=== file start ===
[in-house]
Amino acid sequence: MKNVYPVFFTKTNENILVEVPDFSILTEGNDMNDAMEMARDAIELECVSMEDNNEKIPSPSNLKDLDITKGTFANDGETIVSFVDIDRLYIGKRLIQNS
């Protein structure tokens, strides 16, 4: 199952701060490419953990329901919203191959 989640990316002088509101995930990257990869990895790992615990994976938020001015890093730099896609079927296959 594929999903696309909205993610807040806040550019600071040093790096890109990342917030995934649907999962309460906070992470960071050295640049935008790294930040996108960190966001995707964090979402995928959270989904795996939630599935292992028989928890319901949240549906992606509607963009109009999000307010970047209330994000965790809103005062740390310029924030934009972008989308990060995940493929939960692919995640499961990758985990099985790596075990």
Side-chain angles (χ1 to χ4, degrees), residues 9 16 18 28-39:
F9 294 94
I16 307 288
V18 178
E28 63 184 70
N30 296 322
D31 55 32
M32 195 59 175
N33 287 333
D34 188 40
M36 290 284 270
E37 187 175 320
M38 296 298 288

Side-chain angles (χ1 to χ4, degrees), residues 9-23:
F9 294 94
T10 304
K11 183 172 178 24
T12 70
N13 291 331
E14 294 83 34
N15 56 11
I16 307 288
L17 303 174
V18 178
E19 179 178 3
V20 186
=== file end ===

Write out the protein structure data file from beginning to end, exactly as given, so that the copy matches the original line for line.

[in-house]
Amino acid sequence: MKNVYPVFFTKTNENILVEVPDFSILTEGNDMNDAMEMARDAIELECVSMEDNNEKIPSPSNLKDLDITKGTFANDGETIVSFVDIDRLYIGKRLIQNS
């Protein structure tokens, strides 16, 4: 199952701060490419953990329901919203191959 989640990316002088509101995930990257990869990895790992615990994976938020001015890093730099896609079927296959 594929999903696309909205993610807040806040550019600071040093790096890109990342917030995934649907999962309460906070992470960071050295640049935008790294930040996108960190966001995707964090979402995928959270989904795996939630599935292992028989928890319901949240549906992606509607963009109009999000307010970047209330994000965790809103005062740390310029924030934009972008989308990060995940493929939960692919995640499961990758985990099985790596075990």
Side-chain angles (χ1 to χ4, degrees), residues 9 16 18 28-39:
F9 294 94
I16 307 288
V18 178
E28 63 184 70
N30 296 322
D31 55 32
M32 195 59 175
N33 287 333
D34 188 40
M36 290 284 270
E37 187 175 320
M38 296 298 288

Side-chain angles (χ1 to χ4, degrees), residues 9-23:
F9 294 94
T10 304
K11 183 172 178 24
T12 70
N13 291 331
E14 294 83 34
N15 56 11
I16 307 288
L17 303 174
V18 178
E19 179 178 3
V20 186